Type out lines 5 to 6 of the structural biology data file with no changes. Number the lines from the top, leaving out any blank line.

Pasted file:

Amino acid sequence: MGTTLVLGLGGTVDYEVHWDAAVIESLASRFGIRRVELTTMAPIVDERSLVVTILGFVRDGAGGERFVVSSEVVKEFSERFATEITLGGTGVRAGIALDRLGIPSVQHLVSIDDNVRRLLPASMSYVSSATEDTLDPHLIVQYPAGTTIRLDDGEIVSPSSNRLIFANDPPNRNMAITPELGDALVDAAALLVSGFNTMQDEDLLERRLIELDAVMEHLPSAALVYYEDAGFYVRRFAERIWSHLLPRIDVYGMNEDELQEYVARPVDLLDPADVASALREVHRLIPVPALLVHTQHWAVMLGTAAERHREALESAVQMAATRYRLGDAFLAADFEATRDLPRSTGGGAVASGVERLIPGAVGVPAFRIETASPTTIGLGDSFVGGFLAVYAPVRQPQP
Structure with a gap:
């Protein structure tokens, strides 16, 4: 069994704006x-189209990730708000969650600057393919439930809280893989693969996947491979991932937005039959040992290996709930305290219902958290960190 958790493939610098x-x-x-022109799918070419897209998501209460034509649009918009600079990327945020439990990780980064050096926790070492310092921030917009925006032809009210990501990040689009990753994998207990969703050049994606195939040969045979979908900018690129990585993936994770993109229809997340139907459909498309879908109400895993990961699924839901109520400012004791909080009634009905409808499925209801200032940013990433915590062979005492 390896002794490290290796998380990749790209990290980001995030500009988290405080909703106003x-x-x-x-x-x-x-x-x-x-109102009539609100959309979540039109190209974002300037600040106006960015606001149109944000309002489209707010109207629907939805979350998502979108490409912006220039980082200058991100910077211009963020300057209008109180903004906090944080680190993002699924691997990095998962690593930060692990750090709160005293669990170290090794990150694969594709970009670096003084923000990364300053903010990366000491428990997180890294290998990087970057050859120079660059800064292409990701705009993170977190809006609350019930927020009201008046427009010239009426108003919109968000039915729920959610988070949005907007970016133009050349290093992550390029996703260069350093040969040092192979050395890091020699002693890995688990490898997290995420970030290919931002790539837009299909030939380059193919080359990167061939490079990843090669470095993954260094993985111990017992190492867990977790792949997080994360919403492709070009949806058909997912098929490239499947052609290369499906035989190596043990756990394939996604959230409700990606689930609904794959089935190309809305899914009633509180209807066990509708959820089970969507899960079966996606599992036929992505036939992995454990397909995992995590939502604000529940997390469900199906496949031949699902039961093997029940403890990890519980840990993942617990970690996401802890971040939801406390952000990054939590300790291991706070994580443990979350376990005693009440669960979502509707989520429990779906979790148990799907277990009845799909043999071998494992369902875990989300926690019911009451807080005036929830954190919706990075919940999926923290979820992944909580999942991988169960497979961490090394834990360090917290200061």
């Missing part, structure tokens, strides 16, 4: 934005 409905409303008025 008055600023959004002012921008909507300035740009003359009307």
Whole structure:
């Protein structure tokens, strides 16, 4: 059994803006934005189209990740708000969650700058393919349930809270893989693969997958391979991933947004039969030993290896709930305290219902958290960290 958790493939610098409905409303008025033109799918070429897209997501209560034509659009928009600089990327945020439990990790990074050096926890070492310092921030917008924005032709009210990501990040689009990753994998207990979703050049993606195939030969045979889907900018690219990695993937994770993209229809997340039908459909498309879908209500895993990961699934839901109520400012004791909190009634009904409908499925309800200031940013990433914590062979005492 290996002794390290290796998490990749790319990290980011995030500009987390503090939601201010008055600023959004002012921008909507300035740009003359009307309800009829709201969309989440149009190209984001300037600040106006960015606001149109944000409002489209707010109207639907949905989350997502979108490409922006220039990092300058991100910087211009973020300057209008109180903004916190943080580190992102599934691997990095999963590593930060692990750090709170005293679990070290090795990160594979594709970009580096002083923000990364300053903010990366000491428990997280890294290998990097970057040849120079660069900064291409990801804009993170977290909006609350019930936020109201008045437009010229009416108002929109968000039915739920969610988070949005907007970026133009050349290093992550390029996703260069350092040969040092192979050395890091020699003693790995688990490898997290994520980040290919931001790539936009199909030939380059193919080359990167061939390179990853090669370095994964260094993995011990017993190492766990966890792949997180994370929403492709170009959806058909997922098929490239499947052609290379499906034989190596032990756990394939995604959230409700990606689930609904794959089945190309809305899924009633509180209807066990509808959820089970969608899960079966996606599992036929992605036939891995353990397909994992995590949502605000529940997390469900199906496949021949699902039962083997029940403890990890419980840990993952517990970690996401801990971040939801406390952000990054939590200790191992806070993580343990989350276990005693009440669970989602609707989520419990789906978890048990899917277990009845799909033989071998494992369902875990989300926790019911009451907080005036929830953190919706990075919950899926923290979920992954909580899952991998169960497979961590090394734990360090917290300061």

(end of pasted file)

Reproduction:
Whole structure:
């Protein structure tokens, strides 16, 4: 059994803006934005189209990740708000969650700058393919349930809270893989693969997958391979991933947004039969030993290896709930305290219902958290960290 958790493939610098409905409303008025033109799918070429897209997501209560034509659009928009600089990327945020439990990790990074050096926890070492310092921030917008924005032709009210990501990040689009990753994998207990979703050049993606195939030969045979889907900018690219990695993937994770993209229809997340039908459909498309879908209500895993990961699934839901109520400012004791909190009634009904409908499925309800200031940013990433914590062979005492 290996002794390290290796998490990749790319990290980011995030500009987390503090939601201010008055600023959004002012921008909507300035740009003359009307309800009829709201969309989440149009190209984001300037600040106006960015606001149109944000409002489209707010109207639907949905989350997502979108490409922006220039990092300058991100910087211009973020300057209008109180903004916190943080580190992102599934691997990095999963590593930060692990750090709170005293679990070290090795990160594979594709970009580096002083923000990364300053903010990366000491428990997280890294290998990097970057040849120079660069900064291409990801804009993170977290909006609350019930936020109201008045437009010229009416108002929109968000039915739920969610988070949005907007970026133009050349290093992550390029996703260069350092040969040092192979050395890091020699003693790995688990490898997290994520980040290919931001790539936009199909030939380059193919080359990167061939390179990853090669370095994964260094993995011990017993190492766990966890792949997180994370929403492709170009959806058909997922098929490239499947052609290379499906034989190596032990756990394939995604959230409700990606689930609904794959089945190309809305899924009633509180209807066990509808959820089970969608899960079966996606599992036929992605036939891995353990397909994992995590949502605000529940997390469900199906496949021949699902039962083997029940403890990890419980840990993952517990970690996401801990971040939801406390952000990054939590200790191992806070993580343990989350276990005693009440669970989602609707989520419990789906978890048990899917277990009845799909033989071998494992369902875990989300926790019911009451907080005036929830953190919706990075919950899926923290979920992954909580899952991998169960497979961590090394734990360090917290300061």